39) 1.33-1.316 (.26) 1.05 (.16) 1.460 (.340 (. Cobalt compounds are used as catalysts in producing oil and gas.48) 1.452 (.291-.52 (1.17 (1.550-.67) 1.530-. and magnetic recording media.13) 1.515 (.32) 1.410-.950 (.07.760 (.343 (.340) .790-. diamond-polishing wheels.690-.47 (1.26) 884 683 618 568 667 723 822 1132 1074 Non-Hispanic blacks Non-Hispanic whites Limit of detection (LOD.800) .450-.940 (.300 (.670 (.386) .800-. industry is imported or obtained by recycling scrap metal that contains cobalt.950-1.373) .370) .650 (.04-1.32 (1.487) .380-.630 (.680 (.920-1.450) . Cobalt is used as a drying agent in paints.580 (.870 (.08) .760) .68 (1. large appliances.28-2.06 (.04-1.410-.360-.28 (1.680 (.530 (.610) .339 (.03 (.490-.33 (1.45 (1.610 (.73) 1.610-.81) 1.320 (.333-.19) .600) .36) 1.S.81) 1.520-.02-1.350-.333-.660) .07.24 (. see Data Analysis section) for Survey years 99-00.910-1.414) .390 (.940-1.790) .07-1.340-.540-.350-.740-.820 (. The cobalt used in U.334) .405-.690 (.431) .352 (.564) .330-.700) .14) 340 368 290 719 762 725 1406 1560 1543 12-19 years 20 years and older Gender Males 99-00 01-02 03-04 99-00 01-02 03-04 .890-1. shiny.330 (.290-.25-1.890) .520 (.06-1.430 (.520 (.450-.26-2.56) 1.620-.65) 1.640) .360-.469-.950) .950-1.920) 1. 0.660-.17 (1.388-.470) .373-.313) .379 (.750 (.419) Selected percentiles ( 95% confidence interval) 50th . blue-colored pigments.03-1.32) 1.15 (1. Cobalt may be released into the systemic circulation of patients who receive joint prostheses that are Urinary Cobalt Geometric mean and selected percentiles of urine concentrations (in µg/L) for the U. It is emitted into the environment from burning coal and oil and car and truck exhaust.930-1.890-1.590 (.17-1.16 (1. Survey years 99-00 01-02 03-04 Geometric mean (95% conf.454 (.450) .580 (.550 (. Among its many uses are manufacturing superalloys used in gas turbines in aircraft engines.28 (1.860 (.560 (.870-1.440-.940-1.73) 1227 1335 1281 1238 1355 1277 Females Race/ethnicity Mexican Americans 99-00 01-02 03-04 99-00 01-02 03-04 99-00 01-02 03-04 . seawater.32-2.15-1.12) 1.520 (.465) .367 (.430 (.430) .310 (.540) 1.519 (.520) .327-.620) .270-.22 (1.790 (.390 (.496) .740-.980-1.430) .950 (.850) .540-.470 (.410 (.500) .300-. and soil.710 (.398 (.620-.350 (.435 (.850-1. Cobalt compounds are also used in manufacturing battery electrodes.305-.850-1.810-.01-2.07-1. hard metal (alloys of cobalt and tungsten carbide).543) .348-.670-. steel-belted radial tires.640) .810) .398) .390-.570-.S.424) .570 (.42) 1.420) .830-1.03) .20 (1.650 (.280-.47) 1.570) .270-.590) . and in synthesizing polyester and other materials.16 (1.890-1.600-.420) .12) 1.640) .480 (.01-1.461 (.05 (. automobile airbags.50 (1.960-1.336-.700) .23) .331-.460 (. and inks.370 (.750 (.410 (.14-1. 7440-48-4 General Information Cobalt is a magnetic element that occurs in nature either as a steel-gray.26-1.670 (.03) 1.319) . 01-02.430 (.410-.343) Sample size 2465 2690 2558 Age group 6-11 years 99-00 01-02 03-04 99-00 01-02 03-04 99-00 01-02 03-04 .460) .64) 1.350) 75th .359 (.590-.880-1.520-.800-.37-1.17 (. Cobalt occurs naturally in airborne dust.390) .400-.660) .380-.29 (1.348-.08.740 (.730) 1.338-.404) .680) .377-.770) .00) . It is also a component of porcelain enamel applied to steel bathroom fixtures.850) 1.371 (.570) . interval) .53) 1.330) .540-.01 (.369 (.480-.410 (.316-.380 (.355-.480 (.99) 1.360-.870 (.520-.308-.750-.520 (.630-.14) .16) 1.394) .610) .03) 1.26) Total .16-1.285 (.06 (.502) .01 (.630 (.390 (.372) .570-.670 (.59 (1.460-. hard metal or in combination with other elements.44) 1.350-.399) .05) 1. and fertilizers.420 (.09) .510) 1. respectively.410 (.310-.540-.380 (.520) .294 (.380 (.550) 90th .28 (1.379 (.301 (.259-.900-1.04-1. varnishes.980) .92) 1.670-.460) .340) .16-1.427-.393-.900) .580 (.09 (.22-1.32 (1.21) 1.583) .590-.75 (1.22) 1.710) 1.370-.418 (.650-.03 (.48) 1.410) .50) 1.47) 1.890) 95th 1. and 03-04 are 0.750 (.581) .Metals Cobalt CAS No. and 0.08-1.370-. Usual human exposure is from food sources.09 (.417) .900-1.270-.23-2.24 (1.880 (.431) .900) .930 (.410) .04 (.490-.500 (.450) .450) .430-. population from the National Health and Nutrition Examination Survey.04) 1. 208 Fourth National Report on Human Exposure to Environmental Chemicals .520-.523) . and kitchenware.499 (.710) .46 (1.60 (1.463-.690-.600 (.460) .620-.16 (.416) .47 (1.530) .820 (.840) .374 (.810) .375 (.930) .900) .428-.434 (. Medical uses include joint and dental prostheses and radioactive cobalt in cancer chemotherapy.07 (.364-.410 (.340-.370-.820 (.680) .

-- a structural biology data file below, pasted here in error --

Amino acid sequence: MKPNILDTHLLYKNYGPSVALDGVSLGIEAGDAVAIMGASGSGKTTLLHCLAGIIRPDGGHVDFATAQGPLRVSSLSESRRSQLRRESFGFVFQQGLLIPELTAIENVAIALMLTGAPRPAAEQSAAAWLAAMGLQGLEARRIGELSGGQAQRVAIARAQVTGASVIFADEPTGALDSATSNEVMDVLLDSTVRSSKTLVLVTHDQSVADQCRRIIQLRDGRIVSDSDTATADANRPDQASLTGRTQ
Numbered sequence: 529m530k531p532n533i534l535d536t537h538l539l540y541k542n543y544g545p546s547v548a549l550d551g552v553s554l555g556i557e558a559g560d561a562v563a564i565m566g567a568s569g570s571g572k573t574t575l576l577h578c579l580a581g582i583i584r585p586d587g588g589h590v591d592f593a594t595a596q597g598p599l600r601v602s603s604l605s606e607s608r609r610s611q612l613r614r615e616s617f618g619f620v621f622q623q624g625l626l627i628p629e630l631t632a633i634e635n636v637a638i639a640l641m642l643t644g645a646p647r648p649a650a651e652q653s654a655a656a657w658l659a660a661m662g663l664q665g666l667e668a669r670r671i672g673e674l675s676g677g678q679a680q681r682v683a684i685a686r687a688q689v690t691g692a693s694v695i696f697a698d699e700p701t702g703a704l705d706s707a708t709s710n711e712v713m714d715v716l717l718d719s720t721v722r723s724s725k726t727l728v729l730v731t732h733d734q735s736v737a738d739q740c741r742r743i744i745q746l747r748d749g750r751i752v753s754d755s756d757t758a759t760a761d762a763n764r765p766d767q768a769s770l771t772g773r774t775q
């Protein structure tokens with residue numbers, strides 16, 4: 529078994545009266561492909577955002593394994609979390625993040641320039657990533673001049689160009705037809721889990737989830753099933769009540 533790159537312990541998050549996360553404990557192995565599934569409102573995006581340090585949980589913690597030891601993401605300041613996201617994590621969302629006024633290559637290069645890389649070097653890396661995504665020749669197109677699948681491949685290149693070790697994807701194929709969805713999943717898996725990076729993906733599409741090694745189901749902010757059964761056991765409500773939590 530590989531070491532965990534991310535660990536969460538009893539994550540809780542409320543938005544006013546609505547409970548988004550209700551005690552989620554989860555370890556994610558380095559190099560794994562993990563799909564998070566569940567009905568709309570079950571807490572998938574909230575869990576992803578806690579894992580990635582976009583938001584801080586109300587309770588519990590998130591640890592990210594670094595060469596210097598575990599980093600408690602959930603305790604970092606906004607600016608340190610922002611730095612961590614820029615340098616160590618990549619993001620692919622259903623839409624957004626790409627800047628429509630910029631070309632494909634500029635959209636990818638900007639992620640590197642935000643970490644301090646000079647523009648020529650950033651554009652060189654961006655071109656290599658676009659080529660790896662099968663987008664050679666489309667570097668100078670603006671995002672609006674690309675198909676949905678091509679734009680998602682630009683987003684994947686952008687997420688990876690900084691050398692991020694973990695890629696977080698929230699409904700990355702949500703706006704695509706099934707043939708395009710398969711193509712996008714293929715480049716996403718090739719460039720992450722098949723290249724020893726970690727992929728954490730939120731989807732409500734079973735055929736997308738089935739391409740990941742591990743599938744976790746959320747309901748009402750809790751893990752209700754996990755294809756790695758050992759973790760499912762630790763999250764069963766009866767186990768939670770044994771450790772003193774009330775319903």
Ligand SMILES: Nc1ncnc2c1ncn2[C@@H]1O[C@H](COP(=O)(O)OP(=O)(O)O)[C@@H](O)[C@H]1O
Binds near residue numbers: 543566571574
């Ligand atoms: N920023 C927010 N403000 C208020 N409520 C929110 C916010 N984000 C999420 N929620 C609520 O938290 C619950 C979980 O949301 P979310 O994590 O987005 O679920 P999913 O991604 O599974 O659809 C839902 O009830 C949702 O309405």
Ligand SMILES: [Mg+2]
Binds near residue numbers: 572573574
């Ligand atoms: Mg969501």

830 (.363) .467-.342-.04 (.736-.313-.728 (.313-.561) .317 (.289) .861-1.343 (.256-.435 (.842) .277-.36) 1.00 (.419) .508-.407 (.16) .740-1.279) .10) 340 368 290 719 762 725 1406 1559 1543 12-19 years 20 years and older Gender Males 99-00 01-02 03-04 99-00 01-02 03-04 .513-.291 (.274-.442-.537 (.644 (.259-.337) .938) .328 (.352) ..378-.960 (.955) .393-.708) .500-.378 (.00 (.409) .328) .365) .09) 1.439) .630-. but with a minor fraction (10-15 %) exhibiting a half-life of several years (Mosconi et al.360) .471 (.591 (.547 (.11-1.554 (.381) . 1979).259) .337 (.362) .12-1.785) .394) .548 (.11-1.275-.329-.606 (. Exposure in the workplace may come from electroplating.324-.581) .348) .333 (.522) .361-.303-.257 (.777-.738 (.50 (1.301-.325) Sample size 2465 2689 2558 Age group 6-11 years 99-00 01-02 03-04 99-00 01-02 03-04 99-00 01-02 03-04 .963-1.582-.327-.949) .372) .376 (.728) .829-1.421) .457) . 2003).503-.838 (.333-.328 (.402 (.298 (.28) 1.251-.33) 1.463-.247 (.462) .00 (.824 (.361 (. or using diamond-polishing wheels that contain cobalt metal.857-1.257-.10) .368) .500-.826-1.703-.634-.449-.609) . population from the National Health and Nutrition Examination Survey.983) .660-.334) .552 (.290 (.737 (.304-.355) .83) 1.282-.234 (.700 (.438) .905) .781-1. 1972).400 (.433) . respectively.282 (.. an essential human nutrient.333-.286) .00 (.500 (.760-1.329 (.861 (.25 (.523 (.243-.16 (1.821-3.847) .331-.505) .15 (.983-1.73) 1.585) .895-1.608 (.937 (.03-1.679-.404-.23 (1.879-1.408 (.479-.479) .630-.407) .844 (.487-.368 (.929) .487-. using hard metal cutting tools.593) .640) .963) .600-.12 (.380-.384) .396) .29) .833-1.392 (.626-.378-.36) 1. 1972).963-1.27) 1.563-.616-.271 (. in the feces.560-.471-.669) .598 (.15) 1.19) .851 (.290 (.388 (.54) 1.365-.04-1.13) 884 682 618 568 667 723 822 1132 1074 Non-Hispanic blacks Non-Hispanic whites Fourth National Report on Human Exposure to Environmental Chemicals 209 .744) 1.667-1.468) .425) .297) .248-.475 (.543) .55) .534 (.872 (.02 (.306) 75th .469-.990) .850 (.391) Selected percentiles ( 95% confidence interval) 50th .35) 1.326-.829) . Recent inhalation exposure to soluble cobalt compounds can be monitored by measuring cobalt in urine or blood (Lison et al.275-.33) .280-.529 (.382-.14 (.952 (.562) . Survey years 99-00 01-02 03-04 Geometric mean (95% conf.689 (.515 (.694) .343-.304) .378-. Workplace standards and guidelines for external air exposure to cobalt and several of its compounds have been established by OSHA and ACGIH.49) 1.10) Total .313 (.753) 1..753-.248-.428-.429) 1.781) 95th 1.323) .495 (.667-1.895-1. cobalt is excreted predominantly in the urine.425-.353 (.25 (.313-.313-.632-.272-.733-1.457 (.444 (.29) 1.294-.821 (.595) .611) .804) 1. interval) .369 (.963) .358 (.237-.00) . Human studies with 60Co administered as soluble cobalt chloride have reported oral absorption ranging from approximately 1 to 25 % (Smith et al.388 (..562) .774 (.434-.738 (.. 1994.60) 1.50) 1.352 (.638-1.60) 1.723 (.574-.534-.00-1.964 (.533 (. Urinary Cobalt (creatinine corrected) Geometric mean and selected percentiles of urine concentrations (in µg/g of creatinine) for the U.324) .310) .16 (.06 (.33) 1227 1334 1281 1238 1355 1277 Females Race/ethnicity Mexican Americans 99-00 01-02 03-04 99-00 01-02 03-04 99-00 01-02 03-04 .03 (.50) 1.635 (.417 (. Cobalt constitutes 4% by weight of vitamin B-12 (cobalamin).250) .361 (.313-.594) .346 (.757-1.335 (.44 (..476-.750) .683-.786-. refining or processing alloys.27) 1.362 (.938-1.297-.599) .457-.673-. A nutritional requirement for cobalt other than that contained within dietary cobalamin has not been established.268 (.29 (1.488) .707) .848 (.990-1.449) .481) 90th .333-.17) .955) . Smith et al.932-1.911-1.Metals fabricated from cobalt alloys (Lhotka et al.10 (. Cobalt is absorbed by oral and pulmonary routes.293 (.278 (.615) .662) .647) .319-.29 (1.368) .29 (1. Elimination reflects a multi-compartmental model dominated by compartments with half-lives on the order of several hours to a week.850-1.302-.386 (.352 (.57) 1.792 (. and to a lesser extent.301) .513) .296-.S.353-.455 (.471-.279 (.513 (.691 (.426 (.975 (.700 (.281) .393 (.750-.727 (.273 (.309) .24) .611) .259 (.792-1.756 (.300) .10-1.452-.396) .16 (.339-.461) . with pulmonary clearance half-lives of from one to two years (Hedge et al.00) .327 (.550-.306 (.976 (. 1994).239-. Once absorbed and distributed in the body.900-1.316 (.278-.35) .290 (.542 (.417) .554 (.30 (1.362-.523 (.314 (.215-.349) .898 (. Lung retention of relatively insoluble cobalt compounds such as cobalt oxide may be prolonged.391 (.361-.387) .344-.435-. A portion of cobalt retained for long periods is concentrated in the liver.917) .296) .704-.